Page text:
“Afflictions” films start Culture, Mind, and Brain conference

Ethnographic filmmaker and anthropologist Robert Lemelson combines scholarship and cinema artistry in his acclaimed film series, “Afflictions.” This Friday afternoon, Lemelson will be screening two of the films in this series on campus at the start of the annual conference of the U-M Center for Culture, Mind and the Brain.

According to Lemelson, a UCLA professor, 150 million in the developing world suffer from mental illness.  Psychiatric treatment is often limited or non-existent.  But the mentally ill typically return to their homes and their lives more quickly, are hospitalized less frequently, and experience less severe symptoms than their counterparts in Western nations.

In “Afflictions,” Lemelson shows the relationship between culture and mental illness in several rural Indonesian villages, where he filmed men, women, and children who suffer from schizophrenia and other serious psychiatric conditions.

Nyoman Kerata

Nyoman Kerata, a Balinese man with a psychotic-like illness dons a traditional mask in "Shadows and Illuminations" which explores how non-normative mental events and behavior, including auditory and visual hallucinations, can be understood or interpreted in multiple ways outside the confines of western psychiatric diagnostics. Click image for larger version.

One of the films Lemelson will be showing is “Shadows and Illuminations,” which paints a portrait of Nyoman Kereta, a rural Balinese man in his late sixties who suffers from a psychotic-like illness. The film looks at Nyoman’s history of trauma and loss, his prolonged sickness from pesticide poisoning and treatment by traditional healers. It illustrates how Nyoman’s wife’s love and support have helped him find peace in his life.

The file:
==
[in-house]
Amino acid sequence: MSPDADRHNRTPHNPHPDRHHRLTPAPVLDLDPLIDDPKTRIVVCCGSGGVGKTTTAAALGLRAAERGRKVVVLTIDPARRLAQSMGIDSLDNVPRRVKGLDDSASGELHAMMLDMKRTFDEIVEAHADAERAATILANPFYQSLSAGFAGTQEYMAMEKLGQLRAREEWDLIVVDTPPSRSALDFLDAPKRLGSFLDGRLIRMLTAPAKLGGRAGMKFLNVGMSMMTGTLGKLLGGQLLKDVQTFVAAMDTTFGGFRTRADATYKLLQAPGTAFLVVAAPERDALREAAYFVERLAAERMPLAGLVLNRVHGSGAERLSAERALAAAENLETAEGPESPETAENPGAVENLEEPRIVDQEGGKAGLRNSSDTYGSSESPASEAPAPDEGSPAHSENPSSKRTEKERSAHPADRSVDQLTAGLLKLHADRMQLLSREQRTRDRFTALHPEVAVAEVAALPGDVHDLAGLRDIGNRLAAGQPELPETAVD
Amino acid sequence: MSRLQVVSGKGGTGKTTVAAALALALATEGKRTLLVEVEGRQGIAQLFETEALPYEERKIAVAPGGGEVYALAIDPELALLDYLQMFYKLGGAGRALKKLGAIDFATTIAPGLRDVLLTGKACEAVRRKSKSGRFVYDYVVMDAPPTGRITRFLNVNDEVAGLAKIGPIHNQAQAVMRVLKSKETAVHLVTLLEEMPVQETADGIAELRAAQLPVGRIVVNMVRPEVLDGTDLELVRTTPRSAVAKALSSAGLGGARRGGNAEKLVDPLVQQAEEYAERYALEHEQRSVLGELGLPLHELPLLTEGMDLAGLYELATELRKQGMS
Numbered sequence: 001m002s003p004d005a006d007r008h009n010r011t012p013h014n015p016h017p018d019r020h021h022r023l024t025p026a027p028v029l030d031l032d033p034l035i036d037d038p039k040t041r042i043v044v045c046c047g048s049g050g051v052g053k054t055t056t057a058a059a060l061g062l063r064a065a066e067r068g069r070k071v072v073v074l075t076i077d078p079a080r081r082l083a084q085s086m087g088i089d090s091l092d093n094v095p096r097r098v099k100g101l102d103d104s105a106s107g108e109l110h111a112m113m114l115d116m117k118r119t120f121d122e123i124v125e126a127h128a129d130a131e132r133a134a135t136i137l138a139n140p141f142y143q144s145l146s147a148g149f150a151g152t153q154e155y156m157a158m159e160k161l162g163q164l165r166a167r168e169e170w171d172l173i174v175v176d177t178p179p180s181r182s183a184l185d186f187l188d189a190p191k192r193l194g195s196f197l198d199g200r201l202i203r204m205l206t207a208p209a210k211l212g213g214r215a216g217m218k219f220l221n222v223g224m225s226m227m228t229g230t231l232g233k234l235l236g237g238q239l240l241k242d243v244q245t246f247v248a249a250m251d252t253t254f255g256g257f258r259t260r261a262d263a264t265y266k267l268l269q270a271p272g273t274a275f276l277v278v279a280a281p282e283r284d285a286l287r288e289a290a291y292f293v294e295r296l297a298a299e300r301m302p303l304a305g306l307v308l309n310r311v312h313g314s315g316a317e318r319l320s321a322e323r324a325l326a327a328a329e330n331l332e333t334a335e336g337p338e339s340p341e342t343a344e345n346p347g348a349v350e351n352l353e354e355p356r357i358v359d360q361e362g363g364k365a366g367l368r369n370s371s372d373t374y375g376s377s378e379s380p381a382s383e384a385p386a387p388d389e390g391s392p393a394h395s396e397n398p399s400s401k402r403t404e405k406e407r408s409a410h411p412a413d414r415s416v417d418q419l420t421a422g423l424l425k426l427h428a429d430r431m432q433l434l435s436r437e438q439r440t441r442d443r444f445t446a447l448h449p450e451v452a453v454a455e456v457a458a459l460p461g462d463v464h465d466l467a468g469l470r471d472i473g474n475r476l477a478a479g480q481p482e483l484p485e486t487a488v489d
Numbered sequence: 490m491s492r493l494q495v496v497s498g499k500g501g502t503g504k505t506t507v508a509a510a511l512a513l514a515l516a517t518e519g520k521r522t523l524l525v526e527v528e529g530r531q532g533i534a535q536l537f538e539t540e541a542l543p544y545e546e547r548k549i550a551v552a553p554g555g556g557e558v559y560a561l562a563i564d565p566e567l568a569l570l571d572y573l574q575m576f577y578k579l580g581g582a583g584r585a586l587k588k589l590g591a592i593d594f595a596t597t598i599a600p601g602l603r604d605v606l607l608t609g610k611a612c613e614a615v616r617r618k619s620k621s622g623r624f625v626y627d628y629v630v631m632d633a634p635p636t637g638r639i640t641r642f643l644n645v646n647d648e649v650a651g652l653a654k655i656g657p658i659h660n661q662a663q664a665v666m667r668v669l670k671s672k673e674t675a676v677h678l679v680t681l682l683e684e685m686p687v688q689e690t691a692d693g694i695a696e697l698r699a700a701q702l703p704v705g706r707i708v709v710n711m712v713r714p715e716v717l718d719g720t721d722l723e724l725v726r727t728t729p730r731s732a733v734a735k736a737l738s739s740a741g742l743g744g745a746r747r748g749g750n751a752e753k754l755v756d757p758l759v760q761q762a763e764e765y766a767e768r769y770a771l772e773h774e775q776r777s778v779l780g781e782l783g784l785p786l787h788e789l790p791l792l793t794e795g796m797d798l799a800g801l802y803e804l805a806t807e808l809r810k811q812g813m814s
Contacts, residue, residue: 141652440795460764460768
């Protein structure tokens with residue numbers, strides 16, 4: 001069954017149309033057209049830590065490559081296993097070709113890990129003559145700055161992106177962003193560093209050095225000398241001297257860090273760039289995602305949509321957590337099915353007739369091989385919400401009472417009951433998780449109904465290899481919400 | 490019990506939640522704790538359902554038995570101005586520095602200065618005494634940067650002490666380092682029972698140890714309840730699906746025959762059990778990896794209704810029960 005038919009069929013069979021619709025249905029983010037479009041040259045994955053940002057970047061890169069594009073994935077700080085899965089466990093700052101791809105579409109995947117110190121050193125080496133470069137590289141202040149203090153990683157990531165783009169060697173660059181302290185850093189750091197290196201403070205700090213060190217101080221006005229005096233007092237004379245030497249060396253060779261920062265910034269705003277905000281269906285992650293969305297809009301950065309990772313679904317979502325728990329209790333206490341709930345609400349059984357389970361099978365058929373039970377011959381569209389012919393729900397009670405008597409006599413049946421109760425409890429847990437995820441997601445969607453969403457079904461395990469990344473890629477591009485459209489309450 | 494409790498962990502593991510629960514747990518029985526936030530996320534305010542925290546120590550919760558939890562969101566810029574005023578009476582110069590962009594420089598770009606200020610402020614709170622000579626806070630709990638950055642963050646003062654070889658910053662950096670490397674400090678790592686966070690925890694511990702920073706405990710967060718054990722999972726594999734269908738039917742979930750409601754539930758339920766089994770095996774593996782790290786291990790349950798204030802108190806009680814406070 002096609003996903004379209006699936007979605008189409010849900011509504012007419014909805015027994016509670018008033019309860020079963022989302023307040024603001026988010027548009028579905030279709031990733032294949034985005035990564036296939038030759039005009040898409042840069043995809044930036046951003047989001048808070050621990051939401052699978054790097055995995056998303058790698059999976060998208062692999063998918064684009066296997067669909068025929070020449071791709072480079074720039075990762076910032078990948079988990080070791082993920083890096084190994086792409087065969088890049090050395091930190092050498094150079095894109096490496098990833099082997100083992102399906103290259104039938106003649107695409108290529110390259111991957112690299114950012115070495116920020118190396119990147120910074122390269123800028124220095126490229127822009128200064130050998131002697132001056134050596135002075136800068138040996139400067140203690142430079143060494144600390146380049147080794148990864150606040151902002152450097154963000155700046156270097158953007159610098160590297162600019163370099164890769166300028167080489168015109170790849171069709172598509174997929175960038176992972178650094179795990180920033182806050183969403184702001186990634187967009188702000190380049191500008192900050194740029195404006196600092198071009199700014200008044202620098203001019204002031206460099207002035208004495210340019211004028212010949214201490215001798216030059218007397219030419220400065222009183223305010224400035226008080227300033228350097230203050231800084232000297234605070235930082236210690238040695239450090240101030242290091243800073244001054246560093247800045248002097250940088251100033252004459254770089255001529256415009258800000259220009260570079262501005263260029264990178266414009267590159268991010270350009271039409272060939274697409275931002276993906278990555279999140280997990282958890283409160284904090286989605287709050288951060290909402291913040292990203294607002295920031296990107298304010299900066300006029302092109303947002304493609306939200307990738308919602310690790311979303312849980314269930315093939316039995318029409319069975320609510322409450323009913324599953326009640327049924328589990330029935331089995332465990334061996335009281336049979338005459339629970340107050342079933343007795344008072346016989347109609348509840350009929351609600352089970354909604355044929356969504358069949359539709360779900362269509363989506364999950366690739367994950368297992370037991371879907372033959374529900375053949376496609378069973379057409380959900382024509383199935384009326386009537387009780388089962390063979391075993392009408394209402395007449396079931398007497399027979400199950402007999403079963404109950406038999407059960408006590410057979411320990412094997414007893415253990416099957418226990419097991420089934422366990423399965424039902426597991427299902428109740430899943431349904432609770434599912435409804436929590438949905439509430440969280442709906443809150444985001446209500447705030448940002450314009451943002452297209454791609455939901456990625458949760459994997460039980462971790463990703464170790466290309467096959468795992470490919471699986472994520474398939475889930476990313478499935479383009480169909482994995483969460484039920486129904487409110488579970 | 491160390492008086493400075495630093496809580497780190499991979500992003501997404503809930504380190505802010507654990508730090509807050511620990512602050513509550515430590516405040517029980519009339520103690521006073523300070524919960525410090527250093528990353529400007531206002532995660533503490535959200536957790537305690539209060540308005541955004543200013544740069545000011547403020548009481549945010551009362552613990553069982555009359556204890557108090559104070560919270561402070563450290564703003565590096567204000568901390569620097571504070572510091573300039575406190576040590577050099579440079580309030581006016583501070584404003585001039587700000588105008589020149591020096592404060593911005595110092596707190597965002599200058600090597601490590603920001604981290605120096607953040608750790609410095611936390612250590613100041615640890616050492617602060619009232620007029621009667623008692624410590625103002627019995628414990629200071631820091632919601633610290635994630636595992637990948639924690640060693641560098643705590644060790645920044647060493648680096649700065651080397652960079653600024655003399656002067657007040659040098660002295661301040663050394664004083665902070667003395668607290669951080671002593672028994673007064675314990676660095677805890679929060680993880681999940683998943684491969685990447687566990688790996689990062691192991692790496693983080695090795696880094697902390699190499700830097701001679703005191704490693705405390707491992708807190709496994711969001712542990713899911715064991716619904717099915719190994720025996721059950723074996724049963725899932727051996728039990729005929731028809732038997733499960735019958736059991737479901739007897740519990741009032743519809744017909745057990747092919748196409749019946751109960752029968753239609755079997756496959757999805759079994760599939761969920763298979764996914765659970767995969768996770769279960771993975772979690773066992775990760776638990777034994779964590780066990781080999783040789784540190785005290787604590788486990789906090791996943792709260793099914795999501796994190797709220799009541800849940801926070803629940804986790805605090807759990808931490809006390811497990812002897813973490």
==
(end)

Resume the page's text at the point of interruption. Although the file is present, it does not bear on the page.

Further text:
The other film he will screen here is “Memory of My Face,” which looks at the life of Bambang Rudjito, a highly intelligent and urbanized Javanese man in his late 30s, diagnosed with schizoaffective disorder. The film demonstrates the impact of globalization on how Bambang expresses his illness and follows his treatment with pharmaceuticals, relationship with his family, search for meaning in a Muslim religious community and for reward in the work that he is capable of doing.

Bambang with wife

Bambang Rudjito, a Javanese man diagnosed with schizoaffective disorder, poses with his wife in "Memory of My Face," a film which illustrates how the residues of colonialism and the pervasive influence of globalization affect the subjective experience of mental illness. Click image for larger version.

The screening, which is free and open to the public, will be followed by a Q&A with Lemelson. It takes place on central campus on Friday, April 13, from 3:00 to 5:00 p.m. in Room 6050 at the U-M Institute for Social Research, 426 Thompson Street, Ann Arbor.

The event and the annual conference of the U-M Center for Culture, Mind, and the Brain, is sponsored by the U-M Institute for Social Research (ISR), ISR Research Center for Group Dynamics (RCGD), ISR Center for Culture, Mind, and the Brain, U-M Center for International Business Education, Ross School of Business.

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